The standardised packaging which is now necessary for cigarettes in Australia. Official figures from Australian customs say smuggling has not elevated. Photograph: Tim Wimborne/Reuters
Tobacco companies have been accused of encouraging scare stories claiming that the introduction of plain cigarette packs would promote smuggling.
A peer-reviewed examine has located that, far from the sector currently being a victim of smuggling, there are credible allegations that it has been complicit in facilitating unlawful trade in its items.
A report by Sir Cyril Chantler, reviewing the public wellness rewards of plain packaging, is due to be delivered to the government this week. It was commissioned right after a row about David Cameron’s election strategist Lynton Crosby, whose lobbying firm represents tobacco interests. PMI, which helps make Marlboro cigarettes and is a client of Crosby’s company, has warned that plain packaging would encourage smuggling.
Even so the new study, published in the journal Tobacco Control, claims such arguments should be viewed sceptically.
Professor Anna Gilmore of the Tobacco Management Study Group at the University of Bath said: “We discovered that from early 2008 until early 2011 there have been definitely no media stories citing sector information on illicit sales of tobacco, despite ranges becoming far higher then than they are now. Then out of the blue, just right after the probability of plain packaging was announced, we noticed an boost in such stories, which have continued given that. This, and the truth that leaked documents demonstrate that illicit trade was to be one of the industry’s crucial arguments towards plain packs, suggests this is a deliberate approach.”
Gilmore explained business claims that the use of illicit cigarettes in the United kingdom was sharply increasing have been “wholly inconsistent” with historical trends and recent independent data.
The paper also states: “There is expanding proof that the tobacco businesses are nonetheless involved in the illicit trade. There is proof of considerable overproduction of cigarettes in markets this kind of as Ukraine and Belarus and we know these extra cigarettes finish up in the illegal marketplace.”
Numerous of the tobacco industry’s claims about smuggled tobacco are based on its own studies examining discarded packs at higher-profile venues this kind of as racecourses and football stadiums. But Gilmore questioned the reliability of this kind of studies.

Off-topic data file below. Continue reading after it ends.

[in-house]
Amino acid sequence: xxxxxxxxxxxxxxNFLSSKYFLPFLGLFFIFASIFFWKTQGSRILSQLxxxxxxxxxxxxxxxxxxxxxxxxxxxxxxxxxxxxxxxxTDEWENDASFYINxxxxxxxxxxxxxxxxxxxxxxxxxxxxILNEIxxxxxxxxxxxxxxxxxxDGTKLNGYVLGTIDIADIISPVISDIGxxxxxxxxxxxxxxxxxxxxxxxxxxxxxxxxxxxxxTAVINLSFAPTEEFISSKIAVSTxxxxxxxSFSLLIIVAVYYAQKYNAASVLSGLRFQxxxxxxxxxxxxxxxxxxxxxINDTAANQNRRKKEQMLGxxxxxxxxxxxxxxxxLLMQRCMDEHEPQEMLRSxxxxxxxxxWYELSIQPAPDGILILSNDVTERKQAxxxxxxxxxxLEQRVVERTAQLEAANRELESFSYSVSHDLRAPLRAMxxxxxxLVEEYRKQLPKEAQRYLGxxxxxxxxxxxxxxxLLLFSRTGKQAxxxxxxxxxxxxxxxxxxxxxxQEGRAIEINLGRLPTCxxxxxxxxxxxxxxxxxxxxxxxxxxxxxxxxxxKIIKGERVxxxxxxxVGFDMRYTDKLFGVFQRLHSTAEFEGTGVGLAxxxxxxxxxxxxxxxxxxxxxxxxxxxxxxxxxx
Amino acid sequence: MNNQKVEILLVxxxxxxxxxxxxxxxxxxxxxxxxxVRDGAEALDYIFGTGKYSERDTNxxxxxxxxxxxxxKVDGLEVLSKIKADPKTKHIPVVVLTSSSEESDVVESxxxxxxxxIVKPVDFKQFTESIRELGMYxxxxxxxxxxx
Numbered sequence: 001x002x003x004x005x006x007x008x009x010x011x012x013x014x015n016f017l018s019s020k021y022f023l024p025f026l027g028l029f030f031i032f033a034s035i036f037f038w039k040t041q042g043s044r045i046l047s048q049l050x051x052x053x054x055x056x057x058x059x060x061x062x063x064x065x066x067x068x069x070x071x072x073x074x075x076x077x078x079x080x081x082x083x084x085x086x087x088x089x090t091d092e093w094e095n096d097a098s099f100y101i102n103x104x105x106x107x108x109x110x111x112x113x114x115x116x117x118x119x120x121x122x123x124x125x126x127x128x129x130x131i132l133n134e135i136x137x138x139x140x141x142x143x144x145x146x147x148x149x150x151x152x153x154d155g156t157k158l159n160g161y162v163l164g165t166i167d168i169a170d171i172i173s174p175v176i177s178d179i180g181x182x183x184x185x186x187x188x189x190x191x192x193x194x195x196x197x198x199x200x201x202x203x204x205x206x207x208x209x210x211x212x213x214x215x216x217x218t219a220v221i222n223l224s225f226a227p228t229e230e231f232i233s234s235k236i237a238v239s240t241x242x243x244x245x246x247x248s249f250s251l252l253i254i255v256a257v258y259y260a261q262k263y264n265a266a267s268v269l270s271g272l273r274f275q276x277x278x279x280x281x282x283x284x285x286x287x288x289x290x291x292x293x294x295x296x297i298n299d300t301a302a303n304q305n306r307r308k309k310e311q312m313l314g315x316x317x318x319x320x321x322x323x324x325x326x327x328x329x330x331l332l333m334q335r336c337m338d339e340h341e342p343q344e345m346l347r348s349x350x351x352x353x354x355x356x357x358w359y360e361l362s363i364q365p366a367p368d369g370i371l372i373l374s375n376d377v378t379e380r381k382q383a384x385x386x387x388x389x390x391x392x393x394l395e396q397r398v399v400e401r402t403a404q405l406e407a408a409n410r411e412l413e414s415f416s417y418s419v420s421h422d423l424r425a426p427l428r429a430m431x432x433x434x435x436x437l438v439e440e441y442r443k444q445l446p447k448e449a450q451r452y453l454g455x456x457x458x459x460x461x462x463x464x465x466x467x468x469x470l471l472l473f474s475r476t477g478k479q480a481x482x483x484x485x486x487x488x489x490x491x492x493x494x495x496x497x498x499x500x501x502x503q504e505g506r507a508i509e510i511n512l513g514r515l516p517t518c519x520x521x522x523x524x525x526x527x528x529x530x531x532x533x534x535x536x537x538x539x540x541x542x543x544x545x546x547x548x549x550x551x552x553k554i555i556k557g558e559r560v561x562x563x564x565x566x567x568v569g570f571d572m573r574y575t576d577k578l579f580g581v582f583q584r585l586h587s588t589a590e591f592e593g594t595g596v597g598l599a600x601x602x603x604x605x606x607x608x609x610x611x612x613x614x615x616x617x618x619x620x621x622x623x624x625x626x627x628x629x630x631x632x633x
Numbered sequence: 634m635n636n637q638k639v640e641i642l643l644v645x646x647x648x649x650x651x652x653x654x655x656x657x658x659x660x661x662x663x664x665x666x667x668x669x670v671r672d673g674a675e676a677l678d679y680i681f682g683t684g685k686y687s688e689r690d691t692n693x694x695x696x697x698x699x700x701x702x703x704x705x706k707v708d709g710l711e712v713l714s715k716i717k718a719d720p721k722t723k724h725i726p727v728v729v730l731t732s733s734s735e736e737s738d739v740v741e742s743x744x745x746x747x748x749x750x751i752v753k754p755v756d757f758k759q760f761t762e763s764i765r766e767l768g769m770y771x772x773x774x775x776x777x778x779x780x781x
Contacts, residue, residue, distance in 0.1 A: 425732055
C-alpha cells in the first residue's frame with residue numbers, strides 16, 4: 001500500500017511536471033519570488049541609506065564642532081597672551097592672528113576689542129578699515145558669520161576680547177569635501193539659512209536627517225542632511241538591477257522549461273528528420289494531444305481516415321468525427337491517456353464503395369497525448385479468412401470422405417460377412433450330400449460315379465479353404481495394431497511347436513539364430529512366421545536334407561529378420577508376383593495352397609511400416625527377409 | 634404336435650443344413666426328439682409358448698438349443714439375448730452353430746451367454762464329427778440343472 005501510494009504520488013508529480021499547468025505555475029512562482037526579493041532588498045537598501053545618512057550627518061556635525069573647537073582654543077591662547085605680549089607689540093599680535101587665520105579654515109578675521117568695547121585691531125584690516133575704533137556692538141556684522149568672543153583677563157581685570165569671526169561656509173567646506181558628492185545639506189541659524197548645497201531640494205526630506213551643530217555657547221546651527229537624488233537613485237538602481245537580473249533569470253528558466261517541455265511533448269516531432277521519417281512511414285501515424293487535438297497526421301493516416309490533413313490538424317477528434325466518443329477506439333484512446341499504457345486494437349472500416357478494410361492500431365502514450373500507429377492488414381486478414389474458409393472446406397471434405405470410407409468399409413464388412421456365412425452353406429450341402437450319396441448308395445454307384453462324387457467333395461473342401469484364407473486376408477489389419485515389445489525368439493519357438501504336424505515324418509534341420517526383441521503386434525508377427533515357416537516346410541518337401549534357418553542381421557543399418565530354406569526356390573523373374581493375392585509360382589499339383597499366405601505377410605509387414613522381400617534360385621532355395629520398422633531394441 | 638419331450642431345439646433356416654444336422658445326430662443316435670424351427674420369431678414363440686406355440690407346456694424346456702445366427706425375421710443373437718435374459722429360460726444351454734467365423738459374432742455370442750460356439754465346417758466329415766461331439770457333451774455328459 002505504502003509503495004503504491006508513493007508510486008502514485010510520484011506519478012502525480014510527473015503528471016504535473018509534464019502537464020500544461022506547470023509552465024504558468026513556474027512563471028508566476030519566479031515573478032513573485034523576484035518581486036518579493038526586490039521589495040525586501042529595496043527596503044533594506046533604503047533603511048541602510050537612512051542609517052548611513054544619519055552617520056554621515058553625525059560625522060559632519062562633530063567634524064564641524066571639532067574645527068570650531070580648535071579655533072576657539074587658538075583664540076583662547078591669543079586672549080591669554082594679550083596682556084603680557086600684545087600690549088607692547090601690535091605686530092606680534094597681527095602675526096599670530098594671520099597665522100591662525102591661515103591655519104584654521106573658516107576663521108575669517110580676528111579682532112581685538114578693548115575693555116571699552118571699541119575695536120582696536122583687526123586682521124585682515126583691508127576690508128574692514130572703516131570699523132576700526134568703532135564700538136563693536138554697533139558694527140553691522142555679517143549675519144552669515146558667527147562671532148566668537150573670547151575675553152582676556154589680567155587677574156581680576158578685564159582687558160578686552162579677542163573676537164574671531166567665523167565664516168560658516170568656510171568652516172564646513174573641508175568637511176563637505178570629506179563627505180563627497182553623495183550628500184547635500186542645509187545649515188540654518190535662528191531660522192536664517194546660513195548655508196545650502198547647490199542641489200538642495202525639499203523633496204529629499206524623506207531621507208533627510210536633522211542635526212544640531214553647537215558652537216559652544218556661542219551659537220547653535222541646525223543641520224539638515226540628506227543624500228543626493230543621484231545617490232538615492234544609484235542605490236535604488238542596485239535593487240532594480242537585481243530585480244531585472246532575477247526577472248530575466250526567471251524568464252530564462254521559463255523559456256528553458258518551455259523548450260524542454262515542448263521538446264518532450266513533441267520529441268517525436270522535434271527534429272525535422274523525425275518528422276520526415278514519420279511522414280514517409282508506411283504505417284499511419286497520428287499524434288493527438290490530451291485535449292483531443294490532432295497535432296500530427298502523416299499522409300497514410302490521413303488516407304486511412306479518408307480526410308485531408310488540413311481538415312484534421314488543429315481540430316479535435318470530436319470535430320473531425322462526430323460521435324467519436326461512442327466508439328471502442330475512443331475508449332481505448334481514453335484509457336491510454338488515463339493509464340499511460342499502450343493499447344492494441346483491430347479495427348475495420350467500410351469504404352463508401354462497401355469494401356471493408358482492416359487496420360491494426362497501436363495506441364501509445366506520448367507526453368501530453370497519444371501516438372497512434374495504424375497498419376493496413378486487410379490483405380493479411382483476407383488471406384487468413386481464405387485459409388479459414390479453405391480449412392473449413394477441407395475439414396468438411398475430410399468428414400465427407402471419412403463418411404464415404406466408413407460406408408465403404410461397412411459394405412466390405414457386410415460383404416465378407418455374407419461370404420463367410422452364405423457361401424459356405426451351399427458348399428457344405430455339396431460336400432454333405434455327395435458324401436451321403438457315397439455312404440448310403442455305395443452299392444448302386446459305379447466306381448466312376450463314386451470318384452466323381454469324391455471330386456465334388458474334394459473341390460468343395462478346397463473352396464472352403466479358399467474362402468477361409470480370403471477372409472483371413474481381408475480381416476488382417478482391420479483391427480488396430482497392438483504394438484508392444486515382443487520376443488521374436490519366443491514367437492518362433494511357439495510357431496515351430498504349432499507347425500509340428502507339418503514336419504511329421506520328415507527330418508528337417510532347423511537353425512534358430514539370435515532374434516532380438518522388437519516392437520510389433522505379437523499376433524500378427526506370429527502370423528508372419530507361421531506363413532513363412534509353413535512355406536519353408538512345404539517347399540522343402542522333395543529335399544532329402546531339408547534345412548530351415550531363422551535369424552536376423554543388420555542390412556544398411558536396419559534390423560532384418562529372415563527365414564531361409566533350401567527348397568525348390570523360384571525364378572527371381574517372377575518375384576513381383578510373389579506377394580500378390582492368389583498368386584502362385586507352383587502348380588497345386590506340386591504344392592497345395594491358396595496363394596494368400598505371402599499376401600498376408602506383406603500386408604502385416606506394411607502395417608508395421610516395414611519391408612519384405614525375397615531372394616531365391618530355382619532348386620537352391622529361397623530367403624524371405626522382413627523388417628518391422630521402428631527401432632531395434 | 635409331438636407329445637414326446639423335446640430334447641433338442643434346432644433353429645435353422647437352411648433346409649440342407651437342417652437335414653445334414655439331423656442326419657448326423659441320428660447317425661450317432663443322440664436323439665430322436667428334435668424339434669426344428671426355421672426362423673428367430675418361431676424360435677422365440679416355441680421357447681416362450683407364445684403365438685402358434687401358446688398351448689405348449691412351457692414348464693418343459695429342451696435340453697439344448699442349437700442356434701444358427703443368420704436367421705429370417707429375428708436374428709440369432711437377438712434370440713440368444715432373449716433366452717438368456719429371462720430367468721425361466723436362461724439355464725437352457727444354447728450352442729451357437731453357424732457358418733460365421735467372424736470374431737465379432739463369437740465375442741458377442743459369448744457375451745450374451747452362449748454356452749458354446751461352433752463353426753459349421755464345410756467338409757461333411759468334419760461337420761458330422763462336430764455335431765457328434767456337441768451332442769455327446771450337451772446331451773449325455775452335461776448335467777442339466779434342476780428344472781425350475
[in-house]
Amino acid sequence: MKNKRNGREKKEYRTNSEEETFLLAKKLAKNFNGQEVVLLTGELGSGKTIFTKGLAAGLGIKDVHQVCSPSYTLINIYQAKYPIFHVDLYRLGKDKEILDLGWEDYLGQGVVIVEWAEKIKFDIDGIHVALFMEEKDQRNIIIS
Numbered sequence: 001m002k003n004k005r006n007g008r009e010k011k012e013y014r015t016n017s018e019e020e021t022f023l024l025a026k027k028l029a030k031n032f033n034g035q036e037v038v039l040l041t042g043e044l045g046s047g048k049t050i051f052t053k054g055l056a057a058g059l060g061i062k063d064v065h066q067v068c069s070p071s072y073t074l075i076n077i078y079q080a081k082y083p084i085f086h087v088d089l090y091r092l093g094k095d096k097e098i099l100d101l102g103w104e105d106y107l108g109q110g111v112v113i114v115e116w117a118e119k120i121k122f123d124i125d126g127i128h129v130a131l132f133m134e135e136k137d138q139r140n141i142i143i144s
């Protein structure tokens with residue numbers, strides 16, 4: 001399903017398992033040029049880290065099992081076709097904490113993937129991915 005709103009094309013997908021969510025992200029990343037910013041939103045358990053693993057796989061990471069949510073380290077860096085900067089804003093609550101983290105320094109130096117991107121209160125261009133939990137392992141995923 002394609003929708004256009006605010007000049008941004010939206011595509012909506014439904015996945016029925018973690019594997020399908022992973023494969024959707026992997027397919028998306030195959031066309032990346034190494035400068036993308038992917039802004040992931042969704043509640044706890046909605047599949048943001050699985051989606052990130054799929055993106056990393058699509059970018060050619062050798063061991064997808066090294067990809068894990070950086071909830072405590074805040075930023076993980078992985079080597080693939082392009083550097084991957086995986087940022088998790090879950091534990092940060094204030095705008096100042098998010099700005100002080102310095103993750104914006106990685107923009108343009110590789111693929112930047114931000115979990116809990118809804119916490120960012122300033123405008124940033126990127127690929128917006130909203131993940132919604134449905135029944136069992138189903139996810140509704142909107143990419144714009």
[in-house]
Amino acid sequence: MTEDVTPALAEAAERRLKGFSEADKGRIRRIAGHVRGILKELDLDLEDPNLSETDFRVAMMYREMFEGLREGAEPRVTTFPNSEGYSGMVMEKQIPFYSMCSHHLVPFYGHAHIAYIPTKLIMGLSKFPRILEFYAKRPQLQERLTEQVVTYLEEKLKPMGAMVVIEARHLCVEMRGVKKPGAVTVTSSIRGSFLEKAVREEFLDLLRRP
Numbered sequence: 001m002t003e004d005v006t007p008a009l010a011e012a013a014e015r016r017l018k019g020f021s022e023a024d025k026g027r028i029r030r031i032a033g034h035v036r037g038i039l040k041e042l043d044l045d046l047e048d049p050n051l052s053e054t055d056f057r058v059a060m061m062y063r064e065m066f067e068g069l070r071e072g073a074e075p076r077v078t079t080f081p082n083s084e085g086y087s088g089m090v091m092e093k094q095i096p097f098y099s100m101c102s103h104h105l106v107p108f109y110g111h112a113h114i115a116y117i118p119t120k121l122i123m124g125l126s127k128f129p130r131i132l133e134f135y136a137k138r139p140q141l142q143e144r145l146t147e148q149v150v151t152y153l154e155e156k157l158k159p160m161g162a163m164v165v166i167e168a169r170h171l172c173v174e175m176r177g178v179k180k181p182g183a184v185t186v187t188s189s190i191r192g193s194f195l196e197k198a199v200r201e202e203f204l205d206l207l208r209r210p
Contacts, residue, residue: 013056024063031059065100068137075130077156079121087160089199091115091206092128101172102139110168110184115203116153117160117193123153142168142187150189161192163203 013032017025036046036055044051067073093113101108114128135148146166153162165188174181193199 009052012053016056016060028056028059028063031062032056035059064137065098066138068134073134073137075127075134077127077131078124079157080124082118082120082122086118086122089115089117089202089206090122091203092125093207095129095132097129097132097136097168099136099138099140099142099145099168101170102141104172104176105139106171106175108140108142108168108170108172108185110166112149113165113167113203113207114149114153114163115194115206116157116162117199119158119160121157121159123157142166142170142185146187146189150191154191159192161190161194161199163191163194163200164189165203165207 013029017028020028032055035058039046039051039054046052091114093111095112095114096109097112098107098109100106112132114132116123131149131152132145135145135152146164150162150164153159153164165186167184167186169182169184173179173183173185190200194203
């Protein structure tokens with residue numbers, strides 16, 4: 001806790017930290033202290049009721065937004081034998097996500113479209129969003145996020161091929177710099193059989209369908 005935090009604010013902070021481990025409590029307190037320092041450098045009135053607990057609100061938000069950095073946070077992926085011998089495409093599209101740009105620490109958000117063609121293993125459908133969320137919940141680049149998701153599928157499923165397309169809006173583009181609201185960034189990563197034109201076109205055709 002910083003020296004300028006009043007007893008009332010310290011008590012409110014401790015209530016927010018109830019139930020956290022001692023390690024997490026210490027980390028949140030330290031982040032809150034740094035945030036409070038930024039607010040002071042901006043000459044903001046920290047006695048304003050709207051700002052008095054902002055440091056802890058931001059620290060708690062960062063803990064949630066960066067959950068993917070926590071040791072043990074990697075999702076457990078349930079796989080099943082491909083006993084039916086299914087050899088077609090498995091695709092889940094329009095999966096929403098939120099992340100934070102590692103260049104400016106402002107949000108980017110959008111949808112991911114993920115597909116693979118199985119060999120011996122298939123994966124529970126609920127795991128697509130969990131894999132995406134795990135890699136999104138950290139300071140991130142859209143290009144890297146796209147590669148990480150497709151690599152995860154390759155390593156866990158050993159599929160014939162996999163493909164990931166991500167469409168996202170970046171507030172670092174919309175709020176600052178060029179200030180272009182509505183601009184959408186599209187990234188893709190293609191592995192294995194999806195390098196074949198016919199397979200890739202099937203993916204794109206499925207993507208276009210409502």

“Tobacco industry data on the illicit trade is completely unreliable,” she said. “Their methodology is never entirely transparent. Their misleading claims about illicit should be witnessed for what they are – a desperate bid to avoid plain packaging from currently being implemented.”
The industry has been robust in fighting its corner. It has commissioned many studies that claim that standardised packs would see an improve in smuggling – anything that could deprive the Exchequer of billions of lbs. Itfiercely rejects claims that it encourages the offering of its personal merchandise on the black marketplace, pointing out that it money a selection of counter-smuggling initiatives.Official customs figures published earlier this month in Australia, the initial country to introduce plain packs, uncovered that the measure has had virtually no effect on tobacco smuggling. “This offical data from Australian customs is the last nail in the coffin for the tobacco industry’s argument that plain packs will boost illicit,” Gilmore stated. “Yet once more the industry’s lies are exposed.”
Deborah Arnott of overall health charity Ash, mentioned the tobacco industry had paid vast sums to consultancies and thinktanks “to make dubious reviews towards plain standardised packaging of cigarettes, which make up in size what they lack in academic rigour.
“The oft-repeated argument that smuggling will increase if branding is eliminated runs counter to all independent proof and is no longer credible.”